Chiropractic FAQ
Tigard OR Chiropractor – Beebe Chiropractic

  1. Are chiropractic adjustments safe?
  2. Will adjustments make my spine too loose?
  3. Why would a newborn get adjusted?
  4. Does insurance pay for chiropractic?
  5. Is the spine the source of all headaches?
  6. What causes subluxations?
  7. I was told it was “all in my head.” Now what?

Are chiropractic adjustments safe?

Yes. A New Zealand government study found that adjustments are “remarkably safe.” By avoiding drugs and risky surgery, chiropractic care enjoys an excellent track record. A thorough exam can identify the rare person for whom chiropractic care might be unsuited. Compare the statistics. Adjustments are many times safer than taking an over-the-counter pain reliever.


Will adjustments make my spine too loose?

No. Only the spinal joints that are “locked up” receive adjustments. The occasional spinal joints that move too much, are passed over so weakened muscles and ligaments can stabilize and heal.


Why would a newborn get adjusted?

Even today’s “natural” childbirth methods can affect an infant’s spine. Colic, unusual crying, poor appetite or erratic sleeping habits can be signs of spinal distress. Adjustments are gentle. Knowing exactly where to adjust, no more pressure than you’d use to test the ripeness of a tomato is involved.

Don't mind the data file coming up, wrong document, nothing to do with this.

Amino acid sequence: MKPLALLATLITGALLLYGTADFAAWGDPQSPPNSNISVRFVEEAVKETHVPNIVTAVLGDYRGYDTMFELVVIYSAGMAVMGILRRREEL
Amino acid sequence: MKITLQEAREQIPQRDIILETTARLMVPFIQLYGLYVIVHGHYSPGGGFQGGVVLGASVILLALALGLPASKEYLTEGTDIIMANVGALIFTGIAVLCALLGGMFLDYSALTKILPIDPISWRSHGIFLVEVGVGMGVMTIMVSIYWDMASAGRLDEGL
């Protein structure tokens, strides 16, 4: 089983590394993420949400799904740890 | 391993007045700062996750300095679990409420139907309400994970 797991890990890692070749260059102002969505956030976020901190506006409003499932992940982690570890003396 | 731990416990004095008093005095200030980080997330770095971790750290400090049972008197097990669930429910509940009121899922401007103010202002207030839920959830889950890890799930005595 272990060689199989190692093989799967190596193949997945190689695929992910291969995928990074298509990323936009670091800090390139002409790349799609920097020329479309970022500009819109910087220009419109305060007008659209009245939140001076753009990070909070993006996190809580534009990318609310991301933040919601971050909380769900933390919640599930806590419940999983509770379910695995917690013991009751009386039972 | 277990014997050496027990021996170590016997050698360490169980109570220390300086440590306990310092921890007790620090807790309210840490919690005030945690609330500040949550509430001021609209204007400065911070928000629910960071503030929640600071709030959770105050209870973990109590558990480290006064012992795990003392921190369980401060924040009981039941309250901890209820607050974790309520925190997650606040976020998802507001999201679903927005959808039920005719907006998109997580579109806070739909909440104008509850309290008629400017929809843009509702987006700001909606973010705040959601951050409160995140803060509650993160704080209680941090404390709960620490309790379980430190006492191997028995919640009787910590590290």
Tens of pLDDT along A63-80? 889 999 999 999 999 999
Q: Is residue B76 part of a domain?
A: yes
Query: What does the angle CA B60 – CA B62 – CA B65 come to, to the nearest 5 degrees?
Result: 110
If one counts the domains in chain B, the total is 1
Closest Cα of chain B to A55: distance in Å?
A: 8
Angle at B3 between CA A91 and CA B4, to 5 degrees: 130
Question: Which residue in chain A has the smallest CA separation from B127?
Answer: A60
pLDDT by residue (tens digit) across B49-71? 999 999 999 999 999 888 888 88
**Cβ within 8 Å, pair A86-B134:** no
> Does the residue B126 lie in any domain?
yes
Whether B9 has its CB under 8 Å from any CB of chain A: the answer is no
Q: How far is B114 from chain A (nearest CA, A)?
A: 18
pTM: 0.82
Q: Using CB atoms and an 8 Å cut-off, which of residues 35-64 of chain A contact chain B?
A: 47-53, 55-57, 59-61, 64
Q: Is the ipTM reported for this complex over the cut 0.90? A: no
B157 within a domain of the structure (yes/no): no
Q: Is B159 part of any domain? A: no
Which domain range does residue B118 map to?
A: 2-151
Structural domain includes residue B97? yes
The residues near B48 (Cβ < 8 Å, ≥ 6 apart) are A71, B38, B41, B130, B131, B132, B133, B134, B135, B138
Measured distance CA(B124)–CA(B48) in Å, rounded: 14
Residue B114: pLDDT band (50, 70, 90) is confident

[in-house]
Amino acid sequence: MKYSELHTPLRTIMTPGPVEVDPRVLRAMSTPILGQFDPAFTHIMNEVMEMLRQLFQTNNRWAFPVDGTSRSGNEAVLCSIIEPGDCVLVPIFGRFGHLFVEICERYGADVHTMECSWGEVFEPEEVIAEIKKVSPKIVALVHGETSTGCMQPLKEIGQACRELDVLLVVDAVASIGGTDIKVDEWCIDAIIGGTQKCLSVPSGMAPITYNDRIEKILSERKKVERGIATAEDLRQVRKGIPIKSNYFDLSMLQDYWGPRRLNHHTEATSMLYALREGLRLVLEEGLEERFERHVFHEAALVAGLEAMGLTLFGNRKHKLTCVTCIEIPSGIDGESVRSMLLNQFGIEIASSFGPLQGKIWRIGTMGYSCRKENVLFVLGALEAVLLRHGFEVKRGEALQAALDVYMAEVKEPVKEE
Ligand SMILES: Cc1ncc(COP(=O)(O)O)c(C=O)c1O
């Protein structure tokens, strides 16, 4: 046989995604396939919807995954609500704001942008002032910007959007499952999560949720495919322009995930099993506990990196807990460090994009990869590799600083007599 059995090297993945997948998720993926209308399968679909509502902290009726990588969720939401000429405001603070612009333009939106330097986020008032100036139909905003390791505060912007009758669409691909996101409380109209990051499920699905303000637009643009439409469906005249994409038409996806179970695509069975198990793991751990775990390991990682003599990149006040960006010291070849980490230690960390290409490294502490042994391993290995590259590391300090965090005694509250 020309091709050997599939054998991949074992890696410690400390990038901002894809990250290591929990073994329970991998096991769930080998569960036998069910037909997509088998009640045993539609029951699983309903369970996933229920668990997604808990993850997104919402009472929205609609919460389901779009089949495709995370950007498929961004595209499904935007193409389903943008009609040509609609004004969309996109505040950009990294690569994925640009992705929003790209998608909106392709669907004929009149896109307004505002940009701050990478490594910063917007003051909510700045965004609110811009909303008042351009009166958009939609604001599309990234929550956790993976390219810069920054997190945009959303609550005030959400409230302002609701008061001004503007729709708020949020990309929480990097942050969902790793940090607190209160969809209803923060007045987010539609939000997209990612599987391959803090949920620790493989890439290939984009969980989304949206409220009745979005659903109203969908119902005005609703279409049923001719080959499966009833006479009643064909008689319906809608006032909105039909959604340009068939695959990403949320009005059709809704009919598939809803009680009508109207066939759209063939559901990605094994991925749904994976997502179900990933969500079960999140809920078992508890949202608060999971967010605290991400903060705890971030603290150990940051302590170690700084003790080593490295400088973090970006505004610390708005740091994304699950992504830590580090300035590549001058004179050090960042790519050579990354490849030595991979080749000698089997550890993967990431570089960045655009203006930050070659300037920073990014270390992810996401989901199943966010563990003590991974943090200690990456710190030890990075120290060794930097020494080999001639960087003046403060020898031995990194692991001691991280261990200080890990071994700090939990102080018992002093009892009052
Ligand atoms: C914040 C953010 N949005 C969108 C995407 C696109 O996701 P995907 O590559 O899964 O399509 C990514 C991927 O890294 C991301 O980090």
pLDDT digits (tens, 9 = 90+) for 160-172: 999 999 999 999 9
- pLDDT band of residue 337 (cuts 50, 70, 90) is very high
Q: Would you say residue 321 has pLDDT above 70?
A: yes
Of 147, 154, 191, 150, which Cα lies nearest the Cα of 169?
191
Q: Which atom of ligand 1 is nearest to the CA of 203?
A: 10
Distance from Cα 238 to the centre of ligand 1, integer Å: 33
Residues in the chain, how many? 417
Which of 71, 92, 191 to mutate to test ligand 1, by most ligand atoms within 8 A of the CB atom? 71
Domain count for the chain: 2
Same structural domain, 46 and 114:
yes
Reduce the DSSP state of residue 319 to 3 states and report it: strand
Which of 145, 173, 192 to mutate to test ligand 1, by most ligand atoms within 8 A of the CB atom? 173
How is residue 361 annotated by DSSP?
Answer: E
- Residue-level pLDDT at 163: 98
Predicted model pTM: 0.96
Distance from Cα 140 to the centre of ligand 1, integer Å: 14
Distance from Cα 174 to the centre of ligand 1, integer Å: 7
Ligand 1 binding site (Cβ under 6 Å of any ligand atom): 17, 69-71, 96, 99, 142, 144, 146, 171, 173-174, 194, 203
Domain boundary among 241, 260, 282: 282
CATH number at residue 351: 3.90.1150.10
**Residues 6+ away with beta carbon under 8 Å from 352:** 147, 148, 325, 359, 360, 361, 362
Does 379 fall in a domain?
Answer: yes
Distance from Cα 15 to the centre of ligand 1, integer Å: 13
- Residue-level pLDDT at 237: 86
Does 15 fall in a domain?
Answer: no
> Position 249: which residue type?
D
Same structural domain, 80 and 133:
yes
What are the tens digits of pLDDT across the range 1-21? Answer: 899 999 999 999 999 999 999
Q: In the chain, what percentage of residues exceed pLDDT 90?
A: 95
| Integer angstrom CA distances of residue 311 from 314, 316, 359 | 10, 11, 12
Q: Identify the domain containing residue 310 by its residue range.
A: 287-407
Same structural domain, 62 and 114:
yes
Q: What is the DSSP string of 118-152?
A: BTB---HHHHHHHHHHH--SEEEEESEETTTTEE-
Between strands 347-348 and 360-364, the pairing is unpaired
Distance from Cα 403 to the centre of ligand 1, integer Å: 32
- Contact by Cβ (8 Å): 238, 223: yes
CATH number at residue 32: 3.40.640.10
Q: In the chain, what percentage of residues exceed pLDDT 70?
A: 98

Does insurance pay for chiropractic?

Many insurance policies cover chiropractic. It’s convenient when an insurance company or third party helps pay the bill. If you sincerely want you health back, we can help. Find out how we make chiropractic care affordable for just about anyone. Beebe Chiropractic provides care credit for patients without insurance.


Is the spine the source of all headaches?

Not necessarily. The three most common causes are physical trauma, emotional stress or chemical toxins. Sometimes there may be a combination of factors. Our examination process helps identify the most likely cause.


What causes subluxations?

There are three basic causes of subluxations. Physical causes could include slips and falls, accidents, repetitive motions, and improper lifting. Emotions, such as stress, anger and fear can cause of subluxations. Chemical causes could include alcohol, drugs, pollution and poor diet.


I was told it was “all in my head.” Now what?

The pain you feel is real. And psychological sources of pain are common. However, this “diagnosis” is often the last resort of health practitioners who have exhausted their possible explanations of the cause of your problem. In these cases, we’ve often found that undetected subluxations are likely culprits.